HEART FAILURE NOW!

Wondering what to do and how to manage your Heart failure. Heart Failure Now offers text messages, recipes , often asked questions and informative video to help you mange your heart failure.

SIGN UP TODAY

Heart Failure

Broadly speaking, heart failure is the inability of the heart to pump blood and oxygen to our organs and tissues. The heart only does two things: it pumps, and it relaxes. So any dysfunction in the pumping function or the relaxing function can result in heart failure.

cardiac-testing

It’s important to see your healthcare provider for regular checkups, and especially if you’re experiencing the potential symptoms of heart failure, which include shortness of breath, coughing and fatigue. Your doctor will determine if you have the cardinal signs and symptoms of heart failure, and if so, continue with confirmatory testing.

Tests to Diagnose Heart Failure

The simplest test to do is a blood test called natriuretic peptide (NP). Natriuretic peptides are elevated in patients with heart failure. The patient can get this test done in a lab rather than having to go to a clinic or hospital. An echocardiogram is another test that can be useful in diagnosing heart failure. It’s an ultrasound of the heart that allows physicians to measure the pumping and relaxing functions of the heart.

Once your healthcare provider makes the diagnosis of heart failure—either with natriuretic peptides or by echocardiography, the next step will be determining why you have developed heart failure. Further testing may include:

  • Electrocardiogram (ECG). This can help your doctor diagnose heart rhythm problems and heart damage.
  • CT scan or MRI to see images of the heart.
  • Coronary angiogram. During this test, the doctor inserts a catheter into a blood vessel and injects dye to spot blockages.
  • Myocardial biopsy. Your doctor takes small pieces of the heart muscle to diagnose certain types of heart muscle diseases.

Once your healthcare team diagnoses the type and severity of your heart failure, they can work with you on a treatment plan.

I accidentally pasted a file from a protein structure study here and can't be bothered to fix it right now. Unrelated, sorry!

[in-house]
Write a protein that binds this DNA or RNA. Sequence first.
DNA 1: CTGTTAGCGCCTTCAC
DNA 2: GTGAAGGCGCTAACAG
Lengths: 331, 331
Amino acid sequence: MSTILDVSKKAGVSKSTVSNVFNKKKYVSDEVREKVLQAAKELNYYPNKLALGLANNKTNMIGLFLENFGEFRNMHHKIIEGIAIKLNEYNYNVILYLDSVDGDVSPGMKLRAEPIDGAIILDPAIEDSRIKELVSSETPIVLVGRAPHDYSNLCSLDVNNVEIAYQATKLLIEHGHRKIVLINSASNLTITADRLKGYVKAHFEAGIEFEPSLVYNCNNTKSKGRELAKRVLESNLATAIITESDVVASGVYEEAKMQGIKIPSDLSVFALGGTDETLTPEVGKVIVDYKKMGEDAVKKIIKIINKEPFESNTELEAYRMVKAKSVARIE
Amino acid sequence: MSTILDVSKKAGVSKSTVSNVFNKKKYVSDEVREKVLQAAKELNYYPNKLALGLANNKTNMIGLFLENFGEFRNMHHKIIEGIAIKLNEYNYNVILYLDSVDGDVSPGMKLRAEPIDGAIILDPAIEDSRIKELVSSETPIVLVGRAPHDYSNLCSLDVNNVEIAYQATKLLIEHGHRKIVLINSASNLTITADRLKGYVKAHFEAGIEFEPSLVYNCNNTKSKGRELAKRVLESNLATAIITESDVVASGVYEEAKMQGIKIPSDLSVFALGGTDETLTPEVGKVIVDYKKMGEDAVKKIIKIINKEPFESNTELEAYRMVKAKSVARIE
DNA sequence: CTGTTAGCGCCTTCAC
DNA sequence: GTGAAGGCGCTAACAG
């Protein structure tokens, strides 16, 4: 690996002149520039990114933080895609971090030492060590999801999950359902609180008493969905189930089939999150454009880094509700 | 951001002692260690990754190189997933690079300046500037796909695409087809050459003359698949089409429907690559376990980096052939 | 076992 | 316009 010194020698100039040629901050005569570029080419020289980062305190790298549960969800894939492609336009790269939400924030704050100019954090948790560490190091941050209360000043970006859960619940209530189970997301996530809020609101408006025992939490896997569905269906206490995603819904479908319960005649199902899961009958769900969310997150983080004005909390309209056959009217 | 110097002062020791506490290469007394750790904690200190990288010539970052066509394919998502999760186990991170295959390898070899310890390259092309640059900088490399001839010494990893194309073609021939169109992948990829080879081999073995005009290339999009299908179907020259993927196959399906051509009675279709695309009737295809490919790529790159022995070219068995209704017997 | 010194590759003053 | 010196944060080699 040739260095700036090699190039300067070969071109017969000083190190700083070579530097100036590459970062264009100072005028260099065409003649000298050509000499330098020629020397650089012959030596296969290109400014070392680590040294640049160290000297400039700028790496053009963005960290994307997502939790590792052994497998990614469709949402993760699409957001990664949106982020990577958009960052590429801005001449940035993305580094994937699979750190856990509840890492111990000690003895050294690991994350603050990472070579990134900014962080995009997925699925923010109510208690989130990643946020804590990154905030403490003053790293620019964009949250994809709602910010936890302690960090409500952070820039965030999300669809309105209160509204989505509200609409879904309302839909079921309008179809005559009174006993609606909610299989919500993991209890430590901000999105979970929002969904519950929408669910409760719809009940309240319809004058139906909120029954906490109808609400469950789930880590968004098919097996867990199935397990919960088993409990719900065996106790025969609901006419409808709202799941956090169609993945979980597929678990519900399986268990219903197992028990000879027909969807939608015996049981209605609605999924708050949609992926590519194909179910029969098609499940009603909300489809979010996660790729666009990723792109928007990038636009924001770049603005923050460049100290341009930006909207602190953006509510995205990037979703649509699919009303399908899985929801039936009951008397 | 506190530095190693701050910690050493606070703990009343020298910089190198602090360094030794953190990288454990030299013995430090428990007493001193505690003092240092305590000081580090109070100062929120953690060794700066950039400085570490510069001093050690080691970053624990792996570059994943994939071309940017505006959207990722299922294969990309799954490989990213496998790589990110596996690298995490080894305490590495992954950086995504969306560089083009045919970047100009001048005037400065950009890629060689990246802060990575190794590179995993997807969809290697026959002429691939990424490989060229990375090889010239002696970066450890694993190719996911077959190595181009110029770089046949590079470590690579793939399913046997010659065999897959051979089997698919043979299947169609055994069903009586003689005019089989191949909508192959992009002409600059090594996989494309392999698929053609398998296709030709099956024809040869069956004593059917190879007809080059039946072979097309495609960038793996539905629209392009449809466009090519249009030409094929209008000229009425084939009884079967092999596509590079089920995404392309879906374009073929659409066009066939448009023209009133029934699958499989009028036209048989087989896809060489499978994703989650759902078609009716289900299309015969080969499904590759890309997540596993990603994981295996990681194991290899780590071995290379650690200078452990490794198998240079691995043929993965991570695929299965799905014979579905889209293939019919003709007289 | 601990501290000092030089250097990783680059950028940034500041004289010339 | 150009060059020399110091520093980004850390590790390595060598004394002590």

Heart Failure Treatment

The earlier congestive heart failure is diagnosed, the better the outcome. There are a number of medications that work to improve the heart’s pumping function and decrease heart failure symptoms, including:

  • Beta blockers
  • Angiotensin-converting enzyme (ACE) inhibitors
  • Diuretics
  • Angiotensin II receptor blockers
  • Inotropes

doctor

A pacemaker may be an option to improve heart function, while an implantable defibrillator can correct abnormal heart rhythms. Lifestyle changes will also determine how successful your chronic heart failure treatment will be. It’s important to avoid sodium in your diet, as this leads to fluid retention. Many patients benefit from a cardiac rehabilitation program, and regular exercise is essential for all patients. If you’re overweight or obese, you’ll need to work with your healthcare team to lose weight.

With early diagnosis and the patient and healthcare team working together to manage congestive heart failure, it’s now possible to live a long, healthy and active life.

Talk to your healthcare provider if you’d like more information on heart failure.

Visit HealthChoicesFirst.com for more videos and resources on heart health.

Print this Action Plan and check off items that you want to discuss with your healthcare provider

  •   The simplest test to do is a blood test called natriuretic peptide (NP). Natriuretic peptides are elevated in patients with heart failure. The patient can get this test done in a lab rather than having to go to a clinic or hospital.
  •   An echocardiogram is another test that can be useful in diagnosing heart failure. It’s an ultrasound of the heart that allows physicians to measure the pumping and relaxing functions of the heart.
  •   Once your healthcare provider makes the diagnosis of heart failure, the next step will be determining why you have developed heart failure. Further testing may include electrocardiogram (ECG), CT scan, MRI, coronary angiogram and myocardial biopsy.
  •   There are a number of medications that work to improve the heart’s pumping function and decrease heart failure symptoms, including beta blockers, ACE inhibitors, diuretics, angiotensin II receptor blockers and inotropes.
  •   Lifestyle changes will also determine how successful your chronic heart failure treatment will be. It’s important to avoid sodium in your diet, as this leads to fluid retention. Many patients benefit from a cardiac rehabilitation program, and regular exercise is essential for all patients.